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Oxygen Reduces Accumulation of Type IV Collagen in Endothelial Cell Subcellular Matrix via Oxidative Stress

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Abstract: 

Anchorage-dependent cells in culture attach initially to proteins adsorbed to the culture substrate from the medium, and produce and deposit a subcellular matrix during the course of the cultivation. The aim of this study was to determine whether the concentration of O2 in the culture atmosphere affects the accumulation of type IV collagen and laminin under human endothelial-cell monolayers. Enzyme-linked immunoassays on decellularized polystyrene substrates showed less type IV collagen, but not less laminin, under cells incubated in the standard atmosphere (5% CO2 in air, i.e., ∼20% O2) compared to an atmosphere of 5% O2 and 5% CO2 in N2. Type IV collagen accumulation was inhibited via oxidative stress, because the inhibitory effect of 20% O2 was antagonized by antioxidant ascorbic acid, and mimicked by prooxidant pyrogallol and exogenous H2O2. Measurements of endogenous H2O2 accumulation demonstrated that endothelial cells partially adapt to the high O2 concentration. These results may have implications in endothelium modeling in vitro and in engineering of endothelial cell sheets and endothelialized vascular grafts.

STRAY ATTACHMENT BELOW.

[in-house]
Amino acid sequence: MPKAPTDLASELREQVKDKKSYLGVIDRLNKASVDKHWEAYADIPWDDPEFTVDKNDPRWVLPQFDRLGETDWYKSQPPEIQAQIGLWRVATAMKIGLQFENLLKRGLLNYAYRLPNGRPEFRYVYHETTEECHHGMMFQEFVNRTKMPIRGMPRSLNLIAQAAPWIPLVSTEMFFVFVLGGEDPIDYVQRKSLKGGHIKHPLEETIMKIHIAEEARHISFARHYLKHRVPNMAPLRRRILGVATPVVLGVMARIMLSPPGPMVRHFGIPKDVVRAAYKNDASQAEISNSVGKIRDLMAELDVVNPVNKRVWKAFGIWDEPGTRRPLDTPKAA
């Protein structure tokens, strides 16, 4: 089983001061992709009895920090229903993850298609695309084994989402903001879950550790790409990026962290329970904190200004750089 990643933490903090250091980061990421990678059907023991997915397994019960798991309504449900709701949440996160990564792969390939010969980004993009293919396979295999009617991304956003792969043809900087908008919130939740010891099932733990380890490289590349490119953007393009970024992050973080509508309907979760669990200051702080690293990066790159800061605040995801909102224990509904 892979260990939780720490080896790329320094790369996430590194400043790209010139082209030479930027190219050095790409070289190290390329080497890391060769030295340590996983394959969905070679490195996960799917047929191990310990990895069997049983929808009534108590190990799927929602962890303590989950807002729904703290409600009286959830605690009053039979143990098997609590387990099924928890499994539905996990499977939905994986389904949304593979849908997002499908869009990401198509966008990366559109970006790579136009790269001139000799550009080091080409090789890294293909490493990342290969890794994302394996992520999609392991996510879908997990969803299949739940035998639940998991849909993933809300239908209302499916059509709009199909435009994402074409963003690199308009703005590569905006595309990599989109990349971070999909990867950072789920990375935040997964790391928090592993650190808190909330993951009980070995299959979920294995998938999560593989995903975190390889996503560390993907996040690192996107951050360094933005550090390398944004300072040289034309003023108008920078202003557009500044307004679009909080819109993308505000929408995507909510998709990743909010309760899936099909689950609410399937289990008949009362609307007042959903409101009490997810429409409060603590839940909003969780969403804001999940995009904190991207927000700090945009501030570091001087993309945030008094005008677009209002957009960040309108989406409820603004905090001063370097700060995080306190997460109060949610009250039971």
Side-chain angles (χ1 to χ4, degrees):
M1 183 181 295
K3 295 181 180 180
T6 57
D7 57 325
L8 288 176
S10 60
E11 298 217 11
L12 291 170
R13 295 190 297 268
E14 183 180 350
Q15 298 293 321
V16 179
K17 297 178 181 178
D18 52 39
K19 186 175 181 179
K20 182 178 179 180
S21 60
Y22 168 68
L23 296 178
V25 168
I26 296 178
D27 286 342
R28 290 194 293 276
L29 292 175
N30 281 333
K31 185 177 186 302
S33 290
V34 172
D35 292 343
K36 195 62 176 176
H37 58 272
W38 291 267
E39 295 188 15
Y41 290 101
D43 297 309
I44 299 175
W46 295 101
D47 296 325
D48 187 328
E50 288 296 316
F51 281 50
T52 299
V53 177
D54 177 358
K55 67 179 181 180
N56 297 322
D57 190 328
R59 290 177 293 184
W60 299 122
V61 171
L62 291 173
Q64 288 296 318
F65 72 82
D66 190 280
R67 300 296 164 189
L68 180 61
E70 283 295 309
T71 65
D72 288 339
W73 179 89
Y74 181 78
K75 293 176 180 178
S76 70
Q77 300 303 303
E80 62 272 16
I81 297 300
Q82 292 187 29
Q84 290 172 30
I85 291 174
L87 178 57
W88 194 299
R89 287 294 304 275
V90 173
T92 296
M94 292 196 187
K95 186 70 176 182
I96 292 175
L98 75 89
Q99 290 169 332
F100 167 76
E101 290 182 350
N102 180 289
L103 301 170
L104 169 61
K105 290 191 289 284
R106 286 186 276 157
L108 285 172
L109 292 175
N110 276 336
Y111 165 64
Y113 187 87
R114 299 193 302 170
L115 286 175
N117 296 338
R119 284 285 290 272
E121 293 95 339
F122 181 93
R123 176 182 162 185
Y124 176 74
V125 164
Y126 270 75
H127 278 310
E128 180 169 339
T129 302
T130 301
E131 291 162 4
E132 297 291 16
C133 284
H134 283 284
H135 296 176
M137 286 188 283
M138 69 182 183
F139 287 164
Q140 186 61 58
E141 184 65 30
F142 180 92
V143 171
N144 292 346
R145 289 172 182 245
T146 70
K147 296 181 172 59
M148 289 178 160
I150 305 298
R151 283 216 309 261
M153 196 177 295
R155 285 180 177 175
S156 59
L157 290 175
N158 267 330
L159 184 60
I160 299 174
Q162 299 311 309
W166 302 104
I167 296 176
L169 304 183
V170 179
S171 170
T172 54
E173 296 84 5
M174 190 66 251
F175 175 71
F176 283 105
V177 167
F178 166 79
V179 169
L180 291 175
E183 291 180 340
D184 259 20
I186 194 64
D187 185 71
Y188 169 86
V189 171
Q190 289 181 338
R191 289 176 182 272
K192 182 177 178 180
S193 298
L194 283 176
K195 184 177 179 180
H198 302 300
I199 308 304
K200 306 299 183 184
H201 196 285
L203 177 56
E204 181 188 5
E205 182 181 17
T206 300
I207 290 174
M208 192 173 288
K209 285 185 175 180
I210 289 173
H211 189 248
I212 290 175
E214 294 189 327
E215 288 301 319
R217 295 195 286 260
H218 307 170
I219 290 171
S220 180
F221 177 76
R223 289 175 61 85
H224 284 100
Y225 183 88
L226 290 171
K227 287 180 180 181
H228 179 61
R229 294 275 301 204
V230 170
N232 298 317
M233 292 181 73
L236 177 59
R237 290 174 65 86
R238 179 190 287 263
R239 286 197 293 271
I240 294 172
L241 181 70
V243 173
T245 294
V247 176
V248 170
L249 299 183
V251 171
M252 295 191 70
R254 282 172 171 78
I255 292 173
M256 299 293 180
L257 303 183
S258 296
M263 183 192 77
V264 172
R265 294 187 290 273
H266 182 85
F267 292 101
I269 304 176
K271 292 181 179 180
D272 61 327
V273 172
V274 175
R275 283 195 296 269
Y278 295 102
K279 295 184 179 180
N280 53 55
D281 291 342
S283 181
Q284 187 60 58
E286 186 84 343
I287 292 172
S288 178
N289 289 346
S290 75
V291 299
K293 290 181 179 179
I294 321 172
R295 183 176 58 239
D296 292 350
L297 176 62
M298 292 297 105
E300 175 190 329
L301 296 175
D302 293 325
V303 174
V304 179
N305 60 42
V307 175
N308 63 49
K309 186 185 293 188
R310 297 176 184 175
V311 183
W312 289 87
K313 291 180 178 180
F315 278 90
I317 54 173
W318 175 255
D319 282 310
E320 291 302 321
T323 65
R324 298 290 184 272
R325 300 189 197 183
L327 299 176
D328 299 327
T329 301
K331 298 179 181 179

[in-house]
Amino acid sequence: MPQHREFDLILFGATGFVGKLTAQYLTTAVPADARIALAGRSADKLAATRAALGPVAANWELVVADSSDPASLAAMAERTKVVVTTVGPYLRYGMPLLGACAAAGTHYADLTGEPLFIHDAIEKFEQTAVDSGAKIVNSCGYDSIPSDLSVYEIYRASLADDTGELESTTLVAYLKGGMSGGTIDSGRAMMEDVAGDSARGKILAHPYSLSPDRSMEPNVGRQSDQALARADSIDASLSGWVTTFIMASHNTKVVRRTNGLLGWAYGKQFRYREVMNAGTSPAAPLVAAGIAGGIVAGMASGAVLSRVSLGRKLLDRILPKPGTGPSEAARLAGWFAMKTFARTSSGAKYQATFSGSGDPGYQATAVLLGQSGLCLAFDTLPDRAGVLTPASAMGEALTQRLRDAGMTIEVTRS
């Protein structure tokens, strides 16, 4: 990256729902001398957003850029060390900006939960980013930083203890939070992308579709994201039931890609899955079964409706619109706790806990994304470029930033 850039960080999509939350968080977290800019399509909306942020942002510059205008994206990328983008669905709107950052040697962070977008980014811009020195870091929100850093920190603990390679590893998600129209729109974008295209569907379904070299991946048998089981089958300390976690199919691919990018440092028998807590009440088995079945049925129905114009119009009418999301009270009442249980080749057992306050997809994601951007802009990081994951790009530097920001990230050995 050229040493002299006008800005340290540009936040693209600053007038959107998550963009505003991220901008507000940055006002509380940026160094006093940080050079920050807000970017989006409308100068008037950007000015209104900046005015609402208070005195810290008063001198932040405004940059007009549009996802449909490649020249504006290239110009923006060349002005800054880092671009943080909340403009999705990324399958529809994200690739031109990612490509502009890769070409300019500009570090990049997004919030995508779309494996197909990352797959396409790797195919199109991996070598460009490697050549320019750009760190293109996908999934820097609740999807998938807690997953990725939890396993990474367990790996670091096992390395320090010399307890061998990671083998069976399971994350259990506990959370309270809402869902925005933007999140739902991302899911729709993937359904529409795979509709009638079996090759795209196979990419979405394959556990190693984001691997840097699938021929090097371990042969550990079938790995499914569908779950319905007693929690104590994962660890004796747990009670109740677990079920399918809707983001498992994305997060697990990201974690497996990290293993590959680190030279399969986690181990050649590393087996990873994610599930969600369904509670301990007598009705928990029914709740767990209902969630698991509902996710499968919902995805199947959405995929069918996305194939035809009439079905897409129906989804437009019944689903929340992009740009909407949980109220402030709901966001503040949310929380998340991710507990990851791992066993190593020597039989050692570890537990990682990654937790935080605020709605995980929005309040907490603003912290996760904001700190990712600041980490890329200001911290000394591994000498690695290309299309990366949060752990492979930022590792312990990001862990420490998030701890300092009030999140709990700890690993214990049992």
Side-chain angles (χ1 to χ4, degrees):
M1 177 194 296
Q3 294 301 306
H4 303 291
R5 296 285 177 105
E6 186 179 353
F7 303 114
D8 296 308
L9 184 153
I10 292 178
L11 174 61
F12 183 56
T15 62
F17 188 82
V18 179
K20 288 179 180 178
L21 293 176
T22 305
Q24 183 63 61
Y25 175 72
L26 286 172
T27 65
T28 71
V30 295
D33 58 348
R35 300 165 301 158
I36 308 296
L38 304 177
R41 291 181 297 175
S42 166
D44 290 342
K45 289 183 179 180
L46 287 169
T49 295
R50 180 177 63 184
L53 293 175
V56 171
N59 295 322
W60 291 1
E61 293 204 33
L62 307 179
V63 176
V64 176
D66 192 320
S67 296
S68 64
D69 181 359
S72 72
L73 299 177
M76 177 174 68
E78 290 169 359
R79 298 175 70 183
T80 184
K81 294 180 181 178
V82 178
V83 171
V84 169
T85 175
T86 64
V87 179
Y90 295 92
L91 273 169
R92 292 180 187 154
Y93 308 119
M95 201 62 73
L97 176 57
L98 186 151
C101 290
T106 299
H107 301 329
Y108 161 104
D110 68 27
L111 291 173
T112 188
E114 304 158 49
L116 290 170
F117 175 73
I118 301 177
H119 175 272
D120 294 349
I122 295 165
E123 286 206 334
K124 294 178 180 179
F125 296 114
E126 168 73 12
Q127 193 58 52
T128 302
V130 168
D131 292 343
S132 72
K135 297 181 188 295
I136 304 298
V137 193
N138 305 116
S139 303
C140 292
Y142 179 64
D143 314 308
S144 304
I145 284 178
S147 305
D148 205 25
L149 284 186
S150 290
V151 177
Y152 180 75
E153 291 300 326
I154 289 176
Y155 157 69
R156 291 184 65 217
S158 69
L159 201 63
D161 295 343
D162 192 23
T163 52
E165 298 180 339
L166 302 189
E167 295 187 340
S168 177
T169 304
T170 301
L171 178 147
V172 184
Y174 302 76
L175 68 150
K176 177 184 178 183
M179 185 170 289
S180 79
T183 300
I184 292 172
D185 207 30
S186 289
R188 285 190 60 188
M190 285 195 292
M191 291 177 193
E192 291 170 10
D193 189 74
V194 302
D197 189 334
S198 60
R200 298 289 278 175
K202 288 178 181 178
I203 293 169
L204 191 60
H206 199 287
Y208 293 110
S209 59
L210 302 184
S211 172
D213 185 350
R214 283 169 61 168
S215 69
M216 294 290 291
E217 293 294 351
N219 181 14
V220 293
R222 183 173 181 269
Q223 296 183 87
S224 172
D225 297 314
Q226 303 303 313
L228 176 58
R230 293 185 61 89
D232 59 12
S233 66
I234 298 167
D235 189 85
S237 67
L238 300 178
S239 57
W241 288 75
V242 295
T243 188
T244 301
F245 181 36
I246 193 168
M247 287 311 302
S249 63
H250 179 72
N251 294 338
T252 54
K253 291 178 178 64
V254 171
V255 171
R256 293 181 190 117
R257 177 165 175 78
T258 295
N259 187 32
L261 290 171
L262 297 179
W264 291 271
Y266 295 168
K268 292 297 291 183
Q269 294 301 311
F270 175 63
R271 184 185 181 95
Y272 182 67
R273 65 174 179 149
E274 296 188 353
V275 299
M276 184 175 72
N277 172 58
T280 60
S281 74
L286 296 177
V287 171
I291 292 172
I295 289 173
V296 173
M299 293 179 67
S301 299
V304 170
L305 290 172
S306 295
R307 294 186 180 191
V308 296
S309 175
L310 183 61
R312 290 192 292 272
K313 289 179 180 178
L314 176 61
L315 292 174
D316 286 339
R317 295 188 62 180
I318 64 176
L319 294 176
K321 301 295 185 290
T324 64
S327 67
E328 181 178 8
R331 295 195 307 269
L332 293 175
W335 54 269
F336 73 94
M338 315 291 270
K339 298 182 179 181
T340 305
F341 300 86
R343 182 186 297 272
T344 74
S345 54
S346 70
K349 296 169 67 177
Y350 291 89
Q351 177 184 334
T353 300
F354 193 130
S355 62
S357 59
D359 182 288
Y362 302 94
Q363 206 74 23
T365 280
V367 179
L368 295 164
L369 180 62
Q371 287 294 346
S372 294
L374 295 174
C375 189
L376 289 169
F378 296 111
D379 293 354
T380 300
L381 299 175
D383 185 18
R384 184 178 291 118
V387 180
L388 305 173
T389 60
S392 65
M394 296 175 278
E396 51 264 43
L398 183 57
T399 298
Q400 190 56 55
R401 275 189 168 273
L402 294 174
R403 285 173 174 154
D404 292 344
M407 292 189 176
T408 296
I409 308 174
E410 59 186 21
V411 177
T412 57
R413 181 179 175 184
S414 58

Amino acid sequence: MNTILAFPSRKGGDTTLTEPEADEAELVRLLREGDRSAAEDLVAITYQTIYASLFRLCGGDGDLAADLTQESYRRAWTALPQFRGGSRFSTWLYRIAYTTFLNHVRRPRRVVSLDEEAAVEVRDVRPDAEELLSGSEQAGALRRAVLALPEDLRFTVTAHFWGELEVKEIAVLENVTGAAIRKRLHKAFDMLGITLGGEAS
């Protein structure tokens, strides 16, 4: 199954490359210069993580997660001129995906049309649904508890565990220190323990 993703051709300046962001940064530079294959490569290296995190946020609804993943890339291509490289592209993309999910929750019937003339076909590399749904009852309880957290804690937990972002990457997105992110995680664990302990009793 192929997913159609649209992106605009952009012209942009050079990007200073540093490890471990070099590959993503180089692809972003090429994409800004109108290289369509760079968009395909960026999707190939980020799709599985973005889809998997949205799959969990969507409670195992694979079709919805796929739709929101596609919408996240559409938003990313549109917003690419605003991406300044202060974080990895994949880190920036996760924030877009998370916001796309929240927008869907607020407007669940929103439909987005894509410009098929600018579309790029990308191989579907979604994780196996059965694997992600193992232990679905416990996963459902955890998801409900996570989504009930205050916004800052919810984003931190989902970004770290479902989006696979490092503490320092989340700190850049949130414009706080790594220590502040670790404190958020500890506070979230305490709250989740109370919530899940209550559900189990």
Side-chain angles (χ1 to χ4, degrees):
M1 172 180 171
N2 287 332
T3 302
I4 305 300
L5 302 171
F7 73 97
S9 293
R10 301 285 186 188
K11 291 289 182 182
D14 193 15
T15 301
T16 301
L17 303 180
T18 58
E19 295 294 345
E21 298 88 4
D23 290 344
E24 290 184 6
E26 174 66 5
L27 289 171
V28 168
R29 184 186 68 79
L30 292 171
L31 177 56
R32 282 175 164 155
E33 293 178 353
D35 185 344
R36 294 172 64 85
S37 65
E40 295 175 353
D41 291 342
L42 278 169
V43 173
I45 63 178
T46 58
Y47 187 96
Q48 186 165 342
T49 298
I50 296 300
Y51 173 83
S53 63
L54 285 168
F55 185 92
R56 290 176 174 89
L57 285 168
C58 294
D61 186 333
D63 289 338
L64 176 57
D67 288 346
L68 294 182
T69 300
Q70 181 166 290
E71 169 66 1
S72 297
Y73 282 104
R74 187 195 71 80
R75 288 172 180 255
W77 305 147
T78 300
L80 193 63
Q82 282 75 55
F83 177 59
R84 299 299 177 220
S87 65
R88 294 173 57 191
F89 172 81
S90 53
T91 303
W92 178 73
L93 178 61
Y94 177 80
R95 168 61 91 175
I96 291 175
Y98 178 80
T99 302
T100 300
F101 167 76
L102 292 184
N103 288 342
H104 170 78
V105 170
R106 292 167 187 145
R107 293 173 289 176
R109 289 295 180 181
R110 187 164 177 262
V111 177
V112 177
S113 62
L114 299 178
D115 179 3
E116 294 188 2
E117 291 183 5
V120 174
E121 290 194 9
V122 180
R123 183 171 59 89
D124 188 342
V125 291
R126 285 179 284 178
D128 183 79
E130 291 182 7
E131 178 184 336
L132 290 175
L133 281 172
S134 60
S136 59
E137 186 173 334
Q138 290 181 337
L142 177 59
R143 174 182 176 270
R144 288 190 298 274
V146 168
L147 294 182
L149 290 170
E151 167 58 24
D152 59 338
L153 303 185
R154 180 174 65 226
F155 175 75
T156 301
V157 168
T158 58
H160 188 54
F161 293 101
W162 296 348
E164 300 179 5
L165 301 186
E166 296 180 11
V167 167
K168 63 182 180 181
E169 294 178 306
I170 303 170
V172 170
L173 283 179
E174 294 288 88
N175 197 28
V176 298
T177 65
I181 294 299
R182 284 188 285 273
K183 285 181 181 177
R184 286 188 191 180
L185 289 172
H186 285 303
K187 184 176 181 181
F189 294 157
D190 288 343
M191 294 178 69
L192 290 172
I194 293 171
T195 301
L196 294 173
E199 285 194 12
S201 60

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Keywords: Endothelium; Extracellular matrix; Hydrogen peroxide; Laminin; Oxygen; Tissue engineering; Type IV collagen

Document Type: Research Article

Affiliations: 1: Research & Development, Nunc A/S, Roskilde; and 2: Mammalian Cell Biology, Bioneer A/S, Hørsholm, Denmark

Publication date: December 1, 2006

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